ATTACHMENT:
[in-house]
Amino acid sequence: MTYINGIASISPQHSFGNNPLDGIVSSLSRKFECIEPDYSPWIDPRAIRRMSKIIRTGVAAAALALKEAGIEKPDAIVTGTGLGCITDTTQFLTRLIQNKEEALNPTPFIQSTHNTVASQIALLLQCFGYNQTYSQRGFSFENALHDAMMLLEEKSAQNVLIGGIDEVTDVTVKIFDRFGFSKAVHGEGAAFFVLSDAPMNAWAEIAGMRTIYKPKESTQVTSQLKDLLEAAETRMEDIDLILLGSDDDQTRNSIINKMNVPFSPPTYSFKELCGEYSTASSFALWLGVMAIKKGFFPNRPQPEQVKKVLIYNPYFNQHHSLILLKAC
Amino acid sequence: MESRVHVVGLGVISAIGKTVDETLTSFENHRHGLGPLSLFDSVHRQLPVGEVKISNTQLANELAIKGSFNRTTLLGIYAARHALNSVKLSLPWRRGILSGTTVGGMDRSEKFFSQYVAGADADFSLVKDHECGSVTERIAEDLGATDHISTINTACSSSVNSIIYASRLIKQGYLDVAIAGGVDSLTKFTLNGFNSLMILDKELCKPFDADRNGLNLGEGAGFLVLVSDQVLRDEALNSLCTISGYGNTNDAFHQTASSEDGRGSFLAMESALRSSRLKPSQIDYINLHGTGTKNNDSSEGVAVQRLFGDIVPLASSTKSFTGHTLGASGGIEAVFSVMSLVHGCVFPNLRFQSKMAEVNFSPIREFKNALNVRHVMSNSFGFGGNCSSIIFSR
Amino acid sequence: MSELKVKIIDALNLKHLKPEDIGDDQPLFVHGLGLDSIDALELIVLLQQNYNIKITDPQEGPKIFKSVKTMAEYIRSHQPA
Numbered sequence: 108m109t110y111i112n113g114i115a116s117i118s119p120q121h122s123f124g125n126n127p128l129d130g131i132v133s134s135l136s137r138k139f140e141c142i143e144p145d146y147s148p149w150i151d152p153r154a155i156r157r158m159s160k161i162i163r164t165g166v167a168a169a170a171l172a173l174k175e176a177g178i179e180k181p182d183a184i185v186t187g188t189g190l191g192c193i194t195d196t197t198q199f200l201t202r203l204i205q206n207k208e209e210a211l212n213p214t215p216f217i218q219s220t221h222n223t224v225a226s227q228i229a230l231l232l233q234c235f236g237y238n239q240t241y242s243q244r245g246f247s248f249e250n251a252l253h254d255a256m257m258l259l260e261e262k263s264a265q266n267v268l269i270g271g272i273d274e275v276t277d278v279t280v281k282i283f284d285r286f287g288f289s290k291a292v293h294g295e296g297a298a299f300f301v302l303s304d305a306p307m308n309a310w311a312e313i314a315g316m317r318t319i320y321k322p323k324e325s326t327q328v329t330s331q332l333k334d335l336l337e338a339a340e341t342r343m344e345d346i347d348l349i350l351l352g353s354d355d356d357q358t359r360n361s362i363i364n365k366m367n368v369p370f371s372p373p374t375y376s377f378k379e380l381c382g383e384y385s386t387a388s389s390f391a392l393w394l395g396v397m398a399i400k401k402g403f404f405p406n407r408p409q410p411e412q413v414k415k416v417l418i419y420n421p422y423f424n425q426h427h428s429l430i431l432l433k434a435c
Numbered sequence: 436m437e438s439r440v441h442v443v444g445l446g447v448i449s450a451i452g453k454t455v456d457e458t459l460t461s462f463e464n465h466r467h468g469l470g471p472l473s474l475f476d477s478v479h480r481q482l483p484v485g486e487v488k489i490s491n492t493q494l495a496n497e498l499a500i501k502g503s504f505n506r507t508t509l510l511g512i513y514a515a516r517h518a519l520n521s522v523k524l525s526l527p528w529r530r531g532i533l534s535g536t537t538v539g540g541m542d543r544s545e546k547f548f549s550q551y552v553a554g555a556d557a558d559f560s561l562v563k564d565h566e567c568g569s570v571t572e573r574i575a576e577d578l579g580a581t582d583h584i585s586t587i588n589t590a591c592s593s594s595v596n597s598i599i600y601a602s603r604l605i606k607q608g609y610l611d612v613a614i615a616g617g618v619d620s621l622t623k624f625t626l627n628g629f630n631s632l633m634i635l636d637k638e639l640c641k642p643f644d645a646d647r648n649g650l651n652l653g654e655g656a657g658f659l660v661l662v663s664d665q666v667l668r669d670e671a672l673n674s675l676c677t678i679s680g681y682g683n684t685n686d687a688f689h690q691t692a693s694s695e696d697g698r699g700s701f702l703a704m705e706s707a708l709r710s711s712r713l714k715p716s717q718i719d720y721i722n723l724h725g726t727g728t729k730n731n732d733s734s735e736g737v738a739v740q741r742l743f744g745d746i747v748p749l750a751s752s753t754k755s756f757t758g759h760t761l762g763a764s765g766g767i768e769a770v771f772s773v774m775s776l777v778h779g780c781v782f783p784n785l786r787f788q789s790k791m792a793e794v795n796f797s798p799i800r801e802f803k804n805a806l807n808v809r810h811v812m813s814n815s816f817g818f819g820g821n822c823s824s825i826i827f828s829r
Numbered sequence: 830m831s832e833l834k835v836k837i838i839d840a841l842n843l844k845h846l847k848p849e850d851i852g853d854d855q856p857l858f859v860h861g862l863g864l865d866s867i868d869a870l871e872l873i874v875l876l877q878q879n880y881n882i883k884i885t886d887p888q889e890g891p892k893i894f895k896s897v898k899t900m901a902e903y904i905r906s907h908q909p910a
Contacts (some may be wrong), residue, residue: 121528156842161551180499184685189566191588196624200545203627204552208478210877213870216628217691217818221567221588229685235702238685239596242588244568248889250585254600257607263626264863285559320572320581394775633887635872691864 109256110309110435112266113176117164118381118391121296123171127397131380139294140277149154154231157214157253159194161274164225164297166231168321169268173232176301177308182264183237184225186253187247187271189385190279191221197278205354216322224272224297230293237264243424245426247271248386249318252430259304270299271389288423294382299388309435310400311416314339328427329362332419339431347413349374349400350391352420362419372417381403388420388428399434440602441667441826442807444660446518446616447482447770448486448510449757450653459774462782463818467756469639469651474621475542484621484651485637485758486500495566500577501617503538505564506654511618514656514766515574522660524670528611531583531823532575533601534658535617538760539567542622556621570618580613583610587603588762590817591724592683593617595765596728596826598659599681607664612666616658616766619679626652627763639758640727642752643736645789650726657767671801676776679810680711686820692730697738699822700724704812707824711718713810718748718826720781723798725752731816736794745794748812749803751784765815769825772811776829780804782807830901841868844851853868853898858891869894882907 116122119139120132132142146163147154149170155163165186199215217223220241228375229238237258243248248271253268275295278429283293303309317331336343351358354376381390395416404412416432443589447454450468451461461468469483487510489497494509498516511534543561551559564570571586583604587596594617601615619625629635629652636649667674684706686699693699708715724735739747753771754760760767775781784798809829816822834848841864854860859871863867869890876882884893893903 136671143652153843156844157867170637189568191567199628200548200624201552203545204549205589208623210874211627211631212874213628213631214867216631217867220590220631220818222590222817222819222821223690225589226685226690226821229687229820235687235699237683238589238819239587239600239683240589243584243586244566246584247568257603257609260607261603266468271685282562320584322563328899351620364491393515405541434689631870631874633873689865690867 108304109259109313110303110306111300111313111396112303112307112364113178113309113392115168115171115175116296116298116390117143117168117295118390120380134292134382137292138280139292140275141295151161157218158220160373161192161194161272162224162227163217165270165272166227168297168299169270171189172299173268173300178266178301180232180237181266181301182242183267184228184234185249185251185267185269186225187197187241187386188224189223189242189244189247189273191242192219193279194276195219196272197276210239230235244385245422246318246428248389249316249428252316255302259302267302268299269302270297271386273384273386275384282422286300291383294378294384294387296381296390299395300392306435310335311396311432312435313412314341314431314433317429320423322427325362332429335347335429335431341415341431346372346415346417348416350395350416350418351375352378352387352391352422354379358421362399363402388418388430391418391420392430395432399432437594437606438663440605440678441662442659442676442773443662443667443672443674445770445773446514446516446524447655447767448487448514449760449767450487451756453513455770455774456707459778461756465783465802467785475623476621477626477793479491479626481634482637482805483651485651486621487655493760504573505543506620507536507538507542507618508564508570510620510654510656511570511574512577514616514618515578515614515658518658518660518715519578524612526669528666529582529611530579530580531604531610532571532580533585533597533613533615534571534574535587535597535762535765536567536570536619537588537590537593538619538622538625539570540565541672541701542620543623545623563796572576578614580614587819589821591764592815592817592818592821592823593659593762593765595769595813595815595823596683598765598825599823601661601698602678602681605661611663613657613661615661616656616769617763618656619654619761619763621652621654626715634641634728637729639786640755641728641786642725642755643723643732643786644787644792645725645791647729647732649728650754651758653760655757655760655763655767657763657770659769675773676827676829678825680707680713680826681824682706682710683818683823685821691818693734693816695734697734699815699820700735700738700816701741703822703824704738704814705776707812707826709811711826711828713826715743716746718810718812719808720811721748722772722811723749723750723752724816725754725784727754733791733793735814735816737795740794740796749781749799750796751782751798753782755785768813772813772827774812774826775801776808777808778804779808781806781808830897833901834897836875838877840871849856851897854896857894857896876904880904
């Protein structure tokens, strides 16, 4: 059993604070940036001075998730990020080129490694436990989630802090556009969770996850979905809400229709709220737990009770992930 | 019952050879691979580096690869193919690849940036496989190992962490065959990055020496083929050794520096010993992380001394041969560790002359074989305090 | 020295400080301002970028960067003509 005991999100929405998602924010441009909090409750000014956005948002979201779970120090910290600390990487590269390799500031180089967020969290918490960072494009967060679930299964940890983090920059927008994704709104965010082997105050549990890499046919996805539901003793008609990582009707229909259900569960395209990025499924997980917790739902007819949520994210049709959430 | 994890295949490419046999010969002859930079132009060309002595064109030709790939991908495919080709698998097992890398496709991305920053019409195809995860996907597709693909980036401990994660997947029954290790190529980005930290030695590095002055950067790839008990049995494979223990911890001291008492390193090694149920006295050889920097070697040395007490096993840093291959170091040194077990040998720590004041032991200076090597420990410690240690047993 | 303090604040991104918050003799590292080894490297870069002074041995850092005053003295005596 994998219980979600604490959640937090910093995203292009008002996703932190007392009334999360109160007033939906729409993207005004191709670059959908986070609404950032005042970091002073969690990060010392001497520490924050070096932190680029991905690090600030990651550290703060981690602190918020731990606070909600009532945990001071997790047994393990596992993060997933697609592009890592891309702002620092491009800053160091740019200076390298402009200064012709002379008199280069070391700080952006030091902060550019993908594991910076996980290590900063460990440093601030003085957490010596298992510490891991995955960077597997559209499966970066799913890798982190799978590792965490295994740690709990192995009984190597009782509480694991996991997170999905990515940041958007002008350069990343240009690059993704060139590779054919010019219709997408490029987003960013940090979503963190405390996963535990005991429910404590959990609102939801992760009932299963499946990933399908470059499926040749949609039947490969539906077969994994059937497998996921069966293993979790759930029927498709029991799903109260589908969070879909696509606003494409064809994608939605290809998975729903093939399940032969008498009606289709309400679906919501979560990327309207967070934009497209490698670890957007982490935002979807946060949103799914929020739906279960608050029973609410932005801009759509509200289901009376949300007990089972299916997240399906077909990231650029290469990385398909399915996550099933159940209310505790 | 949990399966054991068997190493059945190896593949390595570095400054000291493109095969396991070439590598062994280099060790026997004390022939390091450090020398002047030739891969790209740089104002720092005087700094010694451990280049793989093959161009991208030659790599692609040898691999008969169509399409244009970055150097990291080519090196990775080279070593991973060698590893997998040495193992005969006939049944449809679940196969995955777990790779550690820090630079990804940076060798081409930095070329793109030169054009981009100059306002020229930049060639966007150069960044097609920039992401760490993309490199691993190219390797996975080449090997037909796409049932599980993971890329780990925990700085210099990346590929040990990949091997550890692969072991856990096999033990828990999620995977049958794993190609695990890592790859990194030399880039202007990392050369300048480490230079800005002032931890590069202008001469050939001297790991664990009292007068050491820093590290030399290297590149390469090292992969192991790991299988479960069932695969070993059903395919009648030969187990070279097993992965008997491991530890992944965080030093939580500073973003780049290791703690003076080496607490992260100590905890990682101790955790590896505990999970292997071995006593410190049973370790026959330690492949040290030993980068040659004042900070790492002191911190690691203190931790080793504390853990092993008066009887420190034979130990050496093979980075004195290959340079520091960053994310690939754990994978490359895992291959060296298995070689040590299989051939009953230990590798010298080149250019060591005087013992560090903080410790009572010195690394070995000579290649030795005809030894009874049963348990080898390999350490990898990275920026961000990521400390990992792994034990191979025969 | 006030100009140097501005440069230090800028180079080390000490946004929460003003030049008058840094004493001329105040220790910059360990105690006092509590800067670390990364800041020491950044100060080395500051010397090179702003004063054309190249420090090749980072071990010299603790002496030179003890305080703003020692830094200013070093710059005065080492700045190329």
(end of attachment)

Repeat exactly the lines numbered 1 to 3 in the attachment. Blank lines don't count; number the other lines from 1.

[in-house]
Amino acid sequence: MTYINGIASISPQHSFGNNPLDGIVSSLSRKFECIEPDYSPWIDPRAIRRMSKIIRTGVAAAALALKEAGIEKPDAIVTGTGLGCITDTTQFLTRLIQNKEEALNPTPFIQSTHNTVASQIALLLQCFGYNQTYSQRGFSFENALHDAMMLLEEKSAQNVLIGGIDEVTDVTVKIFDRFGFSKAVHGEGAAFFVLSDAPMNAWAEIAGMRTIYKPKESTQVTSQLKDLLEAAETRMEDIDLILLGSDDDQTRNSIINKMNVPFSPPTYSFKELCGEYSTASSFALWLGVMAIKKGFFPNRPQPEQVKKVLIYNPYFNQHHSLILLKAC
Amino acid sequence: MESRVHVVGLGVISAIGKTVDETLTSFENHRHGLGPLSLFDSVHRQLPVGEVKISNTQLANELAIKGSFNRTTLLGIYAARHALNSVKLSLPWRRGILSGTTVGGMDRSEKFFSQYVAGADADFSLVKDHECGSVTERIAEDLGATDHISTINTACSSSVNSIIYASRLIKQGYLDVAIAGGVDSLTKFTLNGFNSLMILDKELCKPFDADRNGLNLGEGAGFLVLVSDQVLRDEALNSLCTISGYGNTNDAFHQTASSEDGRGSFLAMESALRSSRLKPSQIDYINLHGTGTKNNDSSEGVAVQRLFGDIVPLASSTKSFTGHTLGASGGIEAVFSVMSLVHGCVFPNLRFQSKMAEVNFSPIREFKNALNVRHVMSNSFGFGGNCSSIIFSR